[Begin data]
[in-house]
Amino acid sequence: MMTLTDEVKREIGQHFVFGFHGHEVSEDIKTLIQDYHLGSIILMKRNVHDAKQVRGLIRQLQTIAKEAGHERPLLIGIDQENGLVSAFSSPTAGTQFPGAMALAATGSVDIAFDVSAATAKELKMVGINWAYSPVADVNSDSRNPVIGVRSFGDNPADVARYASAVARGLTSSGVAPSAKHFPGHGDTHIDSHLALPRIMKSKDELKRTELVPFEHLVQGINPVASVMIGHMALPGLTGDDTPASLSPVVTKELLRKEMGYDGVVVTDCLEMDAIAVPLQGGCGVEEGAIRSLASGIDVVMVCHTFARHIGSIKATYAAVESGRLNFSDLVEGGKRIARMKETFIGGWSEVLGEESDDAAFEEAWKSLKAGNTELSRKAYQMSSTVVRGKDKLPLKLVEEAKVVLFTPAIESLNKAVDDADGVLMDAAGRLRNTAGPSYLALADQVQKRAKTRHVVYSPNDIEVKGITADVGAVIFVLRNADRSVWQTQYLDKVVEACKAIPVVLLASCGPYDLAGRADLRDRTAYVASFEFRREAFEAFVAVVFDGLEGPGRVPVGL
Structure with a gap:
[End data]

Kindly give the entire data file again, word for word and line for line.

[in-house]
Amino acid sequence: MMTLTDEVKREIGQHFVFGFHGHEVSEDIKTLIQDYHLGSIILMKRNVHDAKQVRGLIRQLQTIAKEAGHERPLLIGIDQENGLVSAFSSPTAGTQFPGAMALAATGSVDIAFDVSAATAKELKMVGINWAYSPVADVNSDSRNPVIGVRSFGDNPADVARYASAVARGLTSSGVAPSAKHFPGHGDTHIDSHLALPRIMKSKDELKRTELVPFEHLVQGINPVASVMIGHMALPGLTGDDTPASLSPVVTKELLRKEMGYDGVVVTDCLEMDAIAVPLQGGCGVEEGAIRSLASGIDVVMVCHTFARHIGSIKATYAAVESGRLNFSDLVEGGKRIARMKETFIGGWSEVLGEESDDAAFEEAWKSLKAGNTELSRKAYQMSSTVVRGKDKLPLKLVEEAKVVLFTPAIESLNKAVDDADGVLMDAAGRLRNTAGPSYLALADQVQKRAKTRHVVYSPNDIEVKGITADVGAVIFVLRNADRSVWQTQYLDKVVEACKAIPVVLLASCGPYDLAGRADLRDRTAYVASFEFRREAFEAFVAVVFDGLEGPGRVPVGL
Structure with a gap: